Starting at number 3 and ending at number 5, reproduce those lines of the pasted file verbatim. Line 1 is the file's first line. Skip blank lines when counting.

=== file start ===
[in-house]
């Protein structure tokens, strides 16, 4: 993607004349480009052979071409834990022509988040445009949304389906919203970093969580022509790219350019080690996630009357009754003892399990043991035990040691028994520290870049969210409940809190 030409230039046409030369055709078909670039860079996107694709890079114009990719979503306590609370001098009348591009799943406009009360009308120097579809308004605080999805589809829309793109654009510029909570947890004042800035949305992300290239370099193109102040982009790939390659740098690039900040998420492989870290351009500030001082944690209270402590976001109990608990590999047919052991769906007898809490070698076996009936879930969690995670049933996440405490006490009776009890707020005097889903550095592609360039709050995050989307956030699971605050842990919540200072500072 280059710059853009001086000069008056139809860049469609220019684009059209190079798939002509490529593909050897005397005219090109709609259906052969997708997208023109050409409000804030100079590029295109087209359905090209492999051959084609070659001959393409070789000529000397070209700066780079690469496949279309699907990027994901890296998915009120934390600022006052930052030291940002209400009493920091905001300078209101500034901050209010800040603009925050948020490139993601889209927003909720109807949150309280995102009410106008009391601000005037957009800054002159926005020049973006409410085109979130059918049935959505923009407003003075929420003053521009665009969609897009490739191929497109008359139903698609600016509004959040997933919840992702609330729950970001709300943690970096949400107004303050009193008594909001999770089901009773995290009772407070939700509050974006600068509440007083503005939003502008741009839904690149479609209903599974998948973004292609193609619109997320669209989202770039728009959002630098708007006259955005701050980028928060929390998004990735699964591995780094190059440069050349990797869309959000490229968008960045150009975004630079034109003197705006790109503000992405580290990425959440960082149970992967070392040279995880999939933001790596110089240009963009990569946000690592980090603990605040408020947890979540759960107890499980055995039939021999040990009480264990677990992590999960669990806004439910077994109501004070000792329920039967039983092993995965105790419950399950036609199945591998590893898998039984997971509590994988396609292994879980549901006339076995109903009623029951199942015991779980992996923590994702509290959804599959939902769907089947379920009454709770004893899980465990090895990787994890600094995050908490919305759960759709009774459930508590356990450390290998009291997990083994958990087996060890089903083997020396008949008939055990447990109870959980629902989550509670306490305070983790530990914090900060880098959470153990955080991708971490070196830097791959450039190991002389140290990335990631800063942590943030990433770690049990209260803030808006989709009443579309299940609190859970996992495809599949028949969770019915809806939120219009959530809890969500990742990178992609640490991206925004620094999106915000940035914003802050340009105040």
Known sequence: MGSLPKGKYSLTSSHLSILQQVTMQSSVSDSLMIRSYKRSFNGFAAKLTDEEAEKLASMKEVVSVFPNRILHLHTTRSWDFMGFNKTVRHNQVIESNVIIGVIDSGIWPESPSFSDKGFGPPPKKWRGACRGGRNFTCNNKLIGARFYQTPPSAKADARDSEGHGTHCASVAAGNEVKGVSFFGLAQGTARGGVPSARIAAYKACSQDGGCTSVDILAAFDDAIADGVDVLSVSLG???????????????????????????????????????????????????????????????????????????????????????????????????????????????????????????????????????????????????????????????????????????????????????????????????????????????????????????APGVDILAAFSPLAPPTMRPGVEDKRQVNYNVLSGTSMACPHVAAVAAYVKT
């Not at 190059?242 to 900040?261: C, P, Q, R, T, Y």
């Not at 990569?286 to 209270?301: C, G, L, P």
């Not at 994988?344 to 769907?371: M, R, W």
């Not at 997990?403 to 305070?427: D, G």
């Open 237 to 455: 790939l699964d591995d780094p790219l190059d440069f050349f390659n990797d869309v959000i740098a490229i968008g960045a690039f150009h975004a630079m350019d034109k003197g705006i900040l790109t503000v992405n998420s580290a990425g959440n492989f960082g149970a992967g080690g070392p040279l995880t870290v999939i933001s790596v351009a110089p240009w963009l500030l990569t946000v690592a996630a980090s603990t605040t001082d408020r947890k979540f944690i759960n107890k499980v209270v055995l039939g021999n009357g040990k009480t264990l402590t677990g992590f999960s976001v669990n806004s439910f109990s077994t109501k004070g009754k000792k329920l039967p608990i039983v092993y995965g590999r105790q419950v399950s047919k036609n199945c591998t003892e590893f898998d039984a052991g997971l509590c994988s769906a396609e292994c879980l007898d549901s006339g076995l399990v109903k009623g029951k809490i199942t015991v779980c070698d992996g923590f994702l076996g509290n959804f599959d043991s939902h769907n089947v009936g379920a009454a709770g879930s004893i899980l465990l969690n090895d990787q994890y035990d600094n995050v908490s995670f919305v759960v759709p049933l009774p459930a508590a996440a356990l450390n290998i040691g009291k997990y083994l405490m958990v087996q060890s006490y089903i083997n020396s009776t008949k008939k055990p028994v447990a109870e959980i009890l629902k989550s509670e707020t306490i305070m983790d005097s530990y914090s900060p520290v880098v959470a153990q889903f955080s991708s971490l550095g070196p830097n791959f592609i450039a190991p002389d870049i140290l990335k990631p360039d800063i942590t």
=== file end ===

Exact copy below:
Known sequence: MGSLPKGKYSLTSSHLSILQQVTMQSSVSDSLMIRSYKRSFNGFAAKLTDEEAEKLASMKEVVSVFPNRILHLHTTRSWDFMGFNKTVRHNQVIESNVIIGVIDSGIWPESPSFSDKGFGPPPKKWRGACRGGRNFTCNNKLIGARFYQTPPSAKADARDSEGHGTHCASVAAGNEVKGVSFFGLAQGTARGGVPSARIAAYKACSQDGGCTSVDILAAFDDAIADGVDVLSVSLG???????????????????????????????????????????????????????????????????????????????????????????????????????????????????????????????????????????????????????????????????????????????????????????????????????????????????????????APGVDILAAFSPLAPPTMRPGVEDKRQVNYNVLSGTSMACPHVAAVAAYVKT
């Not at 190059?242 to 900040?261: C, P, Q, R, T, Y």
């Not at 990569?286 to 209270?301: C, G, L, P």